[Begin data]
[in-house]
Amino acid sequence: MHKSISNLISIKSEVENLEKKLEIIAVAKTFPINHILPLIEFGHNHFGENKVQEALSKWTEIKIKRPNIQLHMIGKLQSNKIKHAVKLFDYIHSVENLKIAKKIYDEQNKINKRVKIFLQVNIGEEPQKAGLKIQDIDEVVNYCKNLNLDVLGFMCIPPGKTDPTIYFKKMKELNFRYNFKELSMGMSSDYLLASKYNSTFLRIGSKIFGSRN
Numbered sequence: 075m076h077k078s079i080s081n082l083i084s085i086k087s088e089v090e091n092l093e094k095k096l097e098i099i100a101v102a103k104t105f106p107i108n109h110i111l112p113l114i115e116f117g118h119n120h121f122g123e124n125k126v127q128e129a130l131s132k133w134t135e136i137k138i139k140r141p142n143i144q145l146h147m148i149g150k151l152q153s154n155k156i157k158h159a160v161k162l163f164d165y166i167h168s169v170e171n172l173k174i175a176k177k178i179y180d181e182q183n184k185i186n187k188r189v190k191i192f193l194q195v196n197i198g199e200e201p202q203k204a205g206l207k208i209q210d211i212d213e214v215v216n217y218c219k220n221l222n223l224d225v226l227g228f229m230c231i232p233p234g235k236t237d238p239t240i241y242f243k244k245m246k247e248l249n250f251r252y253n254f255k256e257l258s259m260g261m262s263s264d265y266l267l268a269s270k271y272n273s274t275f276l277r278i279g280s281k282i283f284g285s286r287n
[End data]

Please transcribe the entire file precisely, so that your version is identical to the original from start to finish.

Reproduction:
[in-house]
Amino acid sequence: MHKSISNLISIKSEVENLEKKLEIIAVAKTFPINHILPLIEFGHNHFGENKVQEALSKWTEIKIKRPNIQLHMIGKLQSNKIKHAVKLFDYIHSVENLKIAKKIYDEQNKINKRVKIFLQVNIGEEPQKAGLKIQDIDEVVNYCKNLNLDVLGFMCIPPGKTDPTIYFKKMKELNFRYNFKELSMGMSSDYLLASKYNSTFLRIGSKIFGSRN
Numbered sequence: 075m076h077k078s079i080s081n082l083i084s085i086k087s088e089v090e091n092l093e094k095k096l097e098i099i100a101v102a103k104t105f106p107i108n109h110i111l112p113l114i115e116f117g118h119n120h121f122g123e124n125k126v127q128e129a130l131s132k133w134t135e136i137k138i139k140r141p142n143i144q145l146h147m148i149g150k151l152q153s154n155k156i157k158h159a160v161k162l163f164d165y166i167h168s169v170e171n172l173k174i175a176k177k178i179y180d181e182q183n184k185i186n187k188r189v190k191i192f193l194q195v196n197i198g199e200e201p202q203k204a205g206l207k208i209q210d211i212d213e214v215v216n217y218c219k220n221l222n223l224d225v226l227g228f229m230c231i232p233p234g235k236t237d238p239t240i241y242f243k244k245m246k247e248l249n250f251r252y253n254f255k256e257l258s259m260g261m262s263s264d265y266l267l268a269s270k271y272n273s274t275f276l277r278i279g280s281k282i283f284g285s286r287n